I am seeing a pattern here of a very ill-informed person who thinks that she’s well-informed. Why is this a problem? If she is out collecting signatures for the recall or posting comments about town issues on social media, she will be disseminating false information to Oro Valley residents who might sign the recall petition based on that false information.

Councilmember Bill Rodman showed some integrity
Where are the Green Shirts getting this false information?  Could one or more of the Hiremath Holdovers (Pina-Rodman-Solomon) be feeding false stories to the them in order to poison the public against Mayor Winfield?  Despite all the false claims and accusations that she made in her "tantrum" email to the council, Councilmember Rodman was the only one of the Hiremath Holdovers who wrote back to correct her errors, stating that he wanted “to be sure that the facts are portrayed accurately.”

Councilmembers Solomon and Pina remain silent
Although Solomon responded to her, he did not correct any of her false claims.  He simply said, "I share your concerns."   Pina did not respond at all.  By not correcting her, Solomon and Pina were allowing her to believe that all of her wild assertions were true. I guess when you don’t have any valid reasons for a recall, you have to allow people to believe in falsehoods and delusions in order to drum up enough signatures to get the recall on the ballot. Shame on Solomon and Pina for being accomplices in the propagation of this nonsense.

Part 2 will be published next Wednesday.

Diane Peters has lived in Oro Valley since 2003, moving here to escape the humidity of the East Coast. She’s been involved in OV politics and development issues since 2006. In 2014, she organized a citizens group, who over a 9-month period, successfully negotiated a controversial 200-acre development project. In her past life, she worked in medical research at various University Hospitals in New England. Her interests include reading, writing, nature photography, travel, art galleries, museums, and politics.

Tuesday, December 3, 2019

Ally Miller Will Not Run For County Supervisor in 2020

Miller opts out
Pima County Supervisor has decided that she will not run for reelection in 2020. Miller is considered by many to be a champion of the people, fighting to root out cronyism and wasteful spending in county operations. Unfortunately, she is a voice in the wilderness.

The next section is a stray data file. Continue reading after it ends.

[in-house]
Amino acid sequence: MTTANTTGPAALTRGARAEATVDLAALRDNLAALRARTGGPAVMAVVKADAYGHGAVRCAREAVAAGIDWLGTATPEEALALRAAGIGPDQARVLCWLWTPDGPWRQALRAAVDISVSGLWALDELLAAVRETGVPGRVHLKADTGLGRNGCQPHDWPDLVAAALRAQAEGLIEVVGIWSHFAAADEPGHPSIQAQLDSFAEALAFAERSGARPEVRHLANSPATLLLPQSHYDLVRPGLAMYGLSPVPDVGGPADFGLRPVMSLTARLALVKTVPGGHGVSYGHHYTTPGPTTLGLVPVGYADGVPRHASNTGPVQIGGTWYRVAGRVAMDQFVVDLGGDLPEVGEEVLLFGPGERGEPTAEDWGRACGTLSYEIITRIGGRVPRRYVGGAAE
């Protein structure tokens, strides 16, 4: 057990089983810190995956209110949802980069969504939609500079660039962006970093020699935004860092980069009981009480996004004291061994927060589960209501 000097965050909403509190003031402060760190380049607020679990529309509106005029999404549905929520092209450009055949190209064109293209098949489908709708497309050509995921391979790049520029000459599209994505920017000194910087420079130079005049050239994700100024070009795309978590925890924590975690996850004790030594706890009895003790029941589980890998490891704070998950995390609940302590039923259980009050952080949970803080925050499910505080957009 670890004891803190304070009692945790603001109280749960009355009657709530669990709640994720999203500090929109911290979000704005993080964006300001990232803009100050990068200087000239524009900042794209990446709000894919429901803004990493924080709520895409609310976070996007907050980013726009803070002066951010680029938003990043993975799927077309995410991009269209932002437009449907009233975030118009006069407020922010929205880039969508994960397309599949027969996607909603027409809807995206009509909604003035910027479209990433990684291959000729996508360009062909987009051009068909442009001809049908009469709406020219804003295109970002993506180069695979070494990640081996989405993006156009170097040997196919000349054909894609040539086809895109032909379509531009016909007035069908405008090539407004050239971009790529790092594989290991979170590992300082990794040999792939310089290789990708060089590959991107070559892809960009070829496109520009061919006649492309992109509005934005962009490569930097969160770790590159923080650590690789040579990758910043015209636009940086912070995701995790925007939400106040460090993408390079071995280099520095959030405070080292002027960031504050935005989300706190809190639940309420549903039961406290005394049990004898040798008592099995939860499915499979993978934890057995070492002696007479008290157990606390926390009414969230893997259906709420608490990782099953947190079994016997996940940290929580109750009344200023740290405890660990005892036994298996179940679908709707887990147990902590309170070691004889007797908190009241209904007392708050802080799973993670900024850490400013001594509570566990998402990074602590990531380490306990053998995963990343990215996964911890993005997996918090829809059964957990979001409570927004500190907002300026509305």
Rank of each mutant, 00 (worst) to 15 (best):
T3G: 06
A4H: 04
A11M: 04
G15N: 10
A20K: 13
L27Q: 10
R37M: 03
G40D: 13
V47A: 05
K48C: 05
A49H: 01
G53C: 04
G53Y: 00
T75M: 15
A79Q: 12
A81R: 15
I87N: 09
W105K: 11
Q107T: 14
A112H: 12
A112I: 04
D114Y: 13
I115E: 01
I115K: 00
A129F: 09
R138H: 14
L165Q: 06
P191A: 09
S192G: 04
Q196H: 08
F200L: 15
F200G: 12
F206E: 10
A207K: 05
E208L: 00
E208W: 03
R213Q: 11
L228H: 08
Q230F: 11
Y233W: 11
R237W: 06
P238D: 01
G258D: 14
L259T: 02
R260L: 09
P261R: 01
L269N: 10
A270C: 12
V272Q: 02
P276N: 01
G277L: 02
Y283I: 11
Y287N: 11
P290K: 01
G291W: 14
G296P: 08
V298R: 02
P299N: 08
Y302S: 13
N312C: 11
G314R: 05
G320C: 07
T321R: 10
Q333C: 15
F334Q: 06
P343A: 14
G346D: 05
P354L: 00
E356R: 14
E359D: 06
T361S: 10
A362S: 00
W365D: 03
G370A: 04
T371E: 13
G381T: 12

Announcement on Facebook last evening
Miller made this announcement on Facebook last evening:

"Pay As You Go" Works for The Oro Valley Municipal Golf Community

“Pay As You Go” Policy
The Oro Valley Town Council decided in November to continue a policy the town has had in effect since the town purchased 45-holes of golf from Hiremath campaign contributor, Humberto Lopez.

The policy relates to how to fund golf course and community center (formerly the “club house”) improvements. The policy is that all improvements should be paid from the existing revenue stream. The revenue stream is 20% of Oro Valley’s sales tax revenues (a "half cent" sales tax levy) plus revenues earned from fees and memberships.

“Pay As You Go” pays for golf and community center improvements
Many, however, don’t understand this option in general or how it works.

We’ve created a one-minute primer that explains what it is and how it is being applied to pay for golf and community center improvements.

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Monday, December 2, 2019

Council Member Jones-Ivey Focusses on Recreation For All

Leading the way in supporting youth activities
In January, council member Joyce Jones-Ivey will be the council liaison to the town’s Parks and Recreation Commission. Jones-Ivey is recovering from knee surgery. As usual, however, we found her in her office in town hall, busy doing the work of the people. 

As liaison to this commission, Jones-Ivey will have the opportunity to view the creation of a master Parks and Recreation Plan, a plan that town council has directed be prepared. She is ideally suited for the job.

Passion to get recreational facilities for all
Jones-Ivey is passionate about providing the right recreational facilities for all Oro Valley residents. “Part of my fiscal responsibility is to make sure that we have funds going to recreational activities that more of our citizens use. I don’t want the people who live around the golf course to be hurt but we also have to look at the rest of our citizens to provide for their needs.”

Jones-Ivey has a feel for what the parents want... reaches out to learn more
Regarding the youth needs for example: “Those voices are still out there. I see a lot of those parents. I go